Vonnegut’s Final Insights

Jonathan Shannon Aug 8, 2008

© Kurt Vonnegut and Origami Express. Images courtesy of

A Review of Armageddon in Retrospect By Kurt Vonnegut G.P. Putnam’s Sons, 2008

Released a year after Kurt Vonnegut’s death April 11, 2007, Armageddon in Retrospect is a collection of previously unpublished non-fiction and short stories on the theme of war and peace. Mostly written before the 1967 publication of his breakthrough novel Slaughterhouse Five, Armageddon has a hard time matching Vonnegut’s strident parting shot in 2006, Man Without A Country, whose direct authorial voice bore witness to the insanity of murdering each other and our planet.

A change had come to Vonnegut in the last years of his life. As Vonnegut’s son Mark writes in his introduction to Armageddon, “[The Iraq war] broke his heart. … It wasn’t until the Iraq war and the end of his life that he became sincerely gloomy.

”This later Vonnegut is most present in the three non-fiction pieces and his artwork in Armageddon. The first piece is a speech completed weeks before his death to inaugurate the Year of Kurt Vonnegut in Indiana. (His son Mark subsequently delivered it.) It is a condensed version of A Man Without A Country, effortless insight gift-wrapped in humor. “If anyone here should wind up in a gurney in a lethal-injection facility,” he wrote, “… your last words should be: ‘This will certainly teach me a lesson.’”

This tragicomic streak that is so definitively Vonnegut is widely attributed to his experiences as a prisoner-of-war (POW) during the saturation fire-bombing of Dresden in World War II. He was given the task of pulling the corpses of women and children from the wreckage. Speaking to the Indy Star, Mark said he thought his father never got over his war experience. Armageddon probably comes closest to giving us the terrible truth of these experiences.

Slaughterhouse Five may have dealt with Dresden, but Armageddon describes a more brutal reality. Armageddon reproduces a letter Vonnegut wrote to his father after being released from being a POW. The experiences of delousing showers, as in Slaughterhouse Five, are related, but departing from the 1967 version: “Many men died from shock in the showers after days of starvation, thirst and exposure. But I didn’t.”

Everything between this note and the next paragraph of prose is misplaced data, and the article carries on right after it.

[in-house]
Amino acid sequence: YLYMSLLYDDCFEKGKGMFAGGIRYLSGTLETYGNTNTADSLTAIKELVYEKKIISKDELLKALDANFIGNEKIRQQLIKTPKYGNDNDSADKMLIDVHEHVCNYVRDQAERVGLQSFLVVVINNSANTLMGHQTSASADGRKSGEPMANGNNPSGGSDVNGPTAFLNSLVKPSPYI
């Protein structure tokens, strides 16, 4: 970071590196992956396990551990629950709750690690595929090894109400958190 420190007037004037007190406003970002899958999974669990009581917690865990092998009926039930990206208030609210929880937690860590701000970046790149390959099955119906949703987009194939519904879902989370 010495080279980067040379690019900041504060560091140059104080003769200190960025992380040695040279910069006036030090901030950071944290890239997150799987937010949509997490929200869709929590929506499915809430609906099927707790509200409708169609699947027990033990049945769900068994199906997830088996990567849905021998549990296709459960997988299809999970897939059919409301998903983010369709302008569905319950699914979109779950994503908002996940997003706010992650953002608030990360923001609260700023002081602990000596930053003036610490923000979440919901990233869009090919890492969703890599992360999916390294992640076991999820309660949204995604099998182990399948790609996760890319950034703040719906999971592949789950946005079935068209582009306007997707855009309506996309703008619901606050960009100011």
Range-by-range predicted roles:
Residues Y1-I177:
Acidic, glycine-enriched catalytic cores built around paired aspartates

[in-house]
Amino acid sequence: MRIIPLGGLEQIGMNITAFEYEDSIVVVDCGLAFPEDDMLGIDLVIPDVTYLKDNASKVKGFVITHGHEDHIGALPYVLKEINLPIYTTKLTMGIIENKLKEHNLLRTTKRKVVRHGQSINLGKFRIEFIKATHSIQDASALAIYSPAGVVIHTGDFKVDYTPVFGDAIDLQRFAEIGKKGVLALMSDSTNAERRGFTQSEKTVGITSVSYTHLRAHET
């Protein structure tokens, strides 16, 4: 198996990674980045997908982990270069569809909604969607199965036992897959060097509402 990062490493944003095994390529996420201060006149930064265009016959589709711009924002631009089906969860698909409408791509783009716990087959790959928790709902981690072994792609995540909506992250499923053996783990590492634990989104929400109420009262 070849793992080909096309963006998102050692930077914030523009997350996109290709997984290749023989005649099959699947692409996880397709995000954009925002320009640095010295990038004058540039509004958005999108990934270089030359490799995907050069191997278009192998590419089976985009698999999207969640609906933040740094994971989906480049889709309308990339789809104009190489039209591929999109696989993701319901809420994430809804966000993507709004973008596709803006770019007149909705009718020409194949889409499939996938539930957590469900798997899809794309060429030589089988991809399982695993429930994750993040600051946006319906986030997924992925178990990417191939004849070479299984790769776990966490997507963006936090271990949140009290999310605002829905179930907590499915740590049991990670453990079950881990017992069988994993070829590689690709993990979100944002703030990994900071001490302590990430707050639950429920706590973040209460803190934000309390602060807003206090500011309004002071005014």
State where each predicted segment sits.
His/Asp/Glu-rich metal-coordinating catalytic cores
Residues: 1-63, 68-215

The final phrase “but I didn’t” is repeated throughout the letter every time Vonnegut witnesses death — reminiscent of the “so it goes” from Slaughterhouse Five. Although in the letter it reads less like a mantra, and more like a sigh. In Wailing Shall Be in All Streets, a biographical account and assessment of the Dresden bombing, the angrier Vonnegut re-emerges. “The ‘Get Tough America’ policy, the spirit of revenge, the approbation of all destruction and killing, has earned us a name for obscene brutality,” he wrote.

After this, the collection loses some of its visceral edge but none of its insight. The majority of the fiction afterwards was most likely taken from the period between the end of World War II and the publication of Slaughterhouse Five, when Vonnegut described himself as a hack. The Lilly Library at the University of Indiana holds rejection letters to many of the stories in Armageddon, and one from 1954 for Unicorn Trap is revealing. The story, the letter reads, is “tainted with genius, but of the madder kind,” and is brimming with too many ideas for the staid world of magazine publishing.

But this is the edifying aspect of these stories. The main plots themselves hold truth: the human impulse to war (Great Day); the allure of war for the young (Happy Birthday, 1951); the timeless nature of the powerful and powerless (The Unicorn Trap); the similarity of occupying armies (The Commandant’s Desk); technology releasing the Devil (Armageddon in Retrospect); but the tales are spun with acute observations throughout.

Take Unknown Soldier, which deals with the media furor around the first child born in the third millennium of the Christian era. This sobering piece, written later (a rejection letter from Cosmopolitan, dated 1991, exists in the Lilly Library’s manuscript collection), pillories the whole endeavor. Vonnegut poignantly writes, “It seems to me now that she was like an unknown soldier in a war memorial, a little bit of flesh and bone and hair which was extolled to the point of lunacy.

”It is these short, pithy, bon mots that gave Vonnegut his shine throughout his writing career and his talents are on luminous display here. Even after he focused on his art (the sketches in Armageddon deserve a separate review altogether), the wisdom kept flowing as in Confetti #46: “In the U.S.A. it’s winners vs. losers and the fix is on.”

Armageddon can be recommended to all who felt that Vonnegut articulated their frustrations with the world, and to those who haven’t, this is an entertaining gateway book to the rest of his work.

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